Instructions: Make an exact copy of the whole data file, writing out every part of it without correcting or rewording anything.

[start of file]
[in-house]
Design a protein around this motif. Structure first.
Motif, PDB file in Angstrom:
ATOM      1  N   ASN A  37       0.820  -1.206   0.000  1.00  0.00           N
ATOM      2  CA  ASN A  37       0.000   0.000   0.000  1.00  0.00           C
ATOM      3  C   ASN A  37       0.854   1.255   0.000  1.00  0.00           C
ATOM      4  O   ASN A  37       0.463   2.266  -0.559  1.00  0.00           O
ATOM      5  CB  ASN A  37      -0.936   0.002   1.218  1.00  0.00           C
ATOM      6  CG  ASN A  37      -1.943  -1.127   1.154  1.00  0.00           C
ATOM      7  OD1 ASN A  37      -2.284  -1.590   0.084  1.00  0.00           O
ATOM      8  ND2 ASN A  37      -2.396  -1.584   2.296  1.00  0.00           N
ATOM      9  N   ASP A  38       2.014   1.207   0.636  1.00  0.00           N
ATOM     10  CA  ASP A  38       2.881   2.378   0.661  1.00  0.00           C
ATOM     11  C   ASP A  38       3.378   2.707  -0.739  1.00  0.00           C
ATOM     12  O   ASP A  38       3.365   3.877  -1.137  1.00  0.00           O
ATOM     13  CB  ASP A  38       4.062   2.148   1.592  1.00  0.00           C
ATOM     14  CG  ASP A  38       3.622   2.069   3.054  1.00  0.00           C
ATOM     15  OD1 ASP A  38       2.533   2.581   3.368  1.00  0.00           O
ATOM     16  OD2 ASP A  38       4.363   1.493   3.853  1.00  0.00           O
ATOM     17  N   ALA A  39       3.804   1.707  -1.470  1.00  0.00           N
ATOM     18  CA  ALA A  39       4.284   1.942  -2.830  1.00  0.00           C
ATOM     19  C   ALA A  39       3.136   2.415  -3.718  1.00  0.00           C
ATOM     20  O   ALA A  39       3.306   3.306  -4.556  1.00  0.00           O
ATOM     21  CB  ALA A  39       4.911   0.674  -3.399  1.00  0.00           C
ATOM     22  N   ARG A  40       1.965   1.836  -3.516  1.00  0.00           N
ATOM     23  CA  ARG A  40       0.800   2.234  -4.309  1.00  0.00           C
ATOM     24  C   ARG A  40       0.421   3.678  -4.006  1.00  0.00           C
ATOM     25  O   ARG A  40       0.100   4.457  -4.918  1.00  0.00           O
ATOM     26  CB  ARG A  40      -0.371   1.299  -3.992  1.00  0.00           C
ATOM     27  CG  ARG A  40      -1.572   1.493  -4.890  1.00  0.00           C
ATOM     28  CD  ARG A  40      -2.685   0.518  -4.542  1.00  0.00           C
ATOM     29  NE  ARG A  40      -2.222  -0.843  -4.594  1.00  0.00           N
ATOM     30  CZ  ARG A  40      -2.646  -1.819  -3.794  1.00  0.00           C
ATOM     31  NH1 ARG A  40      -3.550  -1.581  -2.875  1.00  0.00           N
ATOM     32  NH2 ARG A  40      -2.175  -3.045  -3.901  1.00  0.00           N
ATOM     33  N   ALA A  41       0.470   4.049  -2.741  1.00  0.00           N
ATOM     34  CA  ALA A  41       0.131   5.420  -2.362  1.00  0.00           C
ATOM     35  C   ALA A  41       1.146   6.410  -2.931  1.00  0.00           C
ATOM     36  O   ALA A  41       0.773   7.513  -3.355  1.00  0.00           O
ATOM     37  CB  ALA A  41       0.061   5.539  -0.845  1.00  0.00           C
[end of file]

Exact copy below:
[in-house]
Design a protein around this motif. Structure first.
Motif, PDB file in Angstrom:
ATOM      1  N   ASN A  37       0.820  -1.206   0.000  1.00  0.00           N
ATOM      2  CA  ASN A  37       0.000   0.000   0.000  1.00  0.00           C
ATOM      3  C   ASN A  37       0.854   1.255   0.000  1.00  0.00           C
ATOM      4  O   ASN A  37       0.463   2.266  -0.559  1.00  0.00           O
ATOM      5  CB  ASN A  37      -0.936   0.002   1.218  1.00  0.00           C
ATOM      6  CG  ASN A  37      -1.943  -1.127   1.154  1.00  0.00           C
ATOM      7  OD1 ASN A  37      -2.284  -1.590   0.084  1.00  0.00           O
ATOM      8  ND2 ASN A  37      -2.396  -1.584   2.296  1.00  0.00           N
ATOM      9  N   ASP A  38       2.014   1.207   0.636  1.00  0.00           N
ATOM     10  CA  ASP A  38       2.881   2.378   0.661  1.00  0.00           C
ATOM     11  C   ASP A  38       3.378   2.707  -0.739  1.00  0.00           C
ATOM     12  O   ASP A  38       3.365   3.877  -1.137  1.00  0.00           O
ATOM     13  CB  ASP A  38       4.062   2.148   1.592  1.00  0.00           C
ATOM     14  CG  ASP A  38       3.622   2.069   3.054  1.00  0.00           C
ATOM     15  OD1 ASP A  38       2.533   2.581   3.368  1.00  0.00           O
ATOM     16  OD2 ASP A  38       4.363   1.493   3.853  1.00  0.00           O
ATOM     17  N   ALA A  39       3.804   1.707  -1.470  1.00  0.00           N
ATOM     18  CA  ALA A  39       4.284   1.942  -2.830  1.00  0.00           C
ATOM     19  C   ALA A  39       3.136   2.415  -3.718  1.00  0.00           C
ATOM     20  O   ALA A  39       3.306   3.306  -4.556  1.00  0.00           O
ATOM     21  CB  ALA A  39       4.911   0.674  -3.399  1.00  0.00           C
ATOM     22  N   ARG A  40       1.965   1.836  -3.516  1.00  0.00           N
ATOM     23  CA  ARG A  40       0.800   2.234  -4.309  1.00  0.00           C
ATOM     24  C   ARG A  40       0.421   3.678  -4.006  1.00  0.00           C
ATOM     25  O   ARG A  40       0.100   4.457  -4.918  1.00  0.00           O
ATOM     26  CB  ARG A  40      -0.371   1.299  -3.992  1.00  0.00           C
ATOM     27  CG  ARG A  40      -1.572   1.493  -4.890  1.00  0.00           C
ATOM     28  CD  ARG A  40      -2.685   0.518  -4.542  1.00  0.00           C
ATOM     29  NE  ARG A  40      -2.222  -0.843  -4.594  1.00  0.00           N
ATOM     30  CZ  ARG A  40      -2.646  -1.819  -3.794  1.00  0.00           C
ATOM     31  NH1 ARG A  40      -3.550  -1.581  -2.875  1.00  0.00           N
ATOM     32  NH2 ARG A  40      -2.175  -3.045  -3.901  1.00  0.00           N
ATOM     33  N   ALA A  41       0.470   4.049  -2.741  1.00  0.00           N
ATOM     34  CA  ALA A  41       0.131   5.420  -2.362  1.00  0.00           C
ATOM     35  C   ALA A  41       1.146   6.410  -2.931  1.00  0.00           C
ATOM     36  O   ALA A  41       0.773   7.513  -3.355  1.00  0.00           O
ATOM     37  CB  ALA A  41       0.061   5.539  -0.845  1.00  0.00           C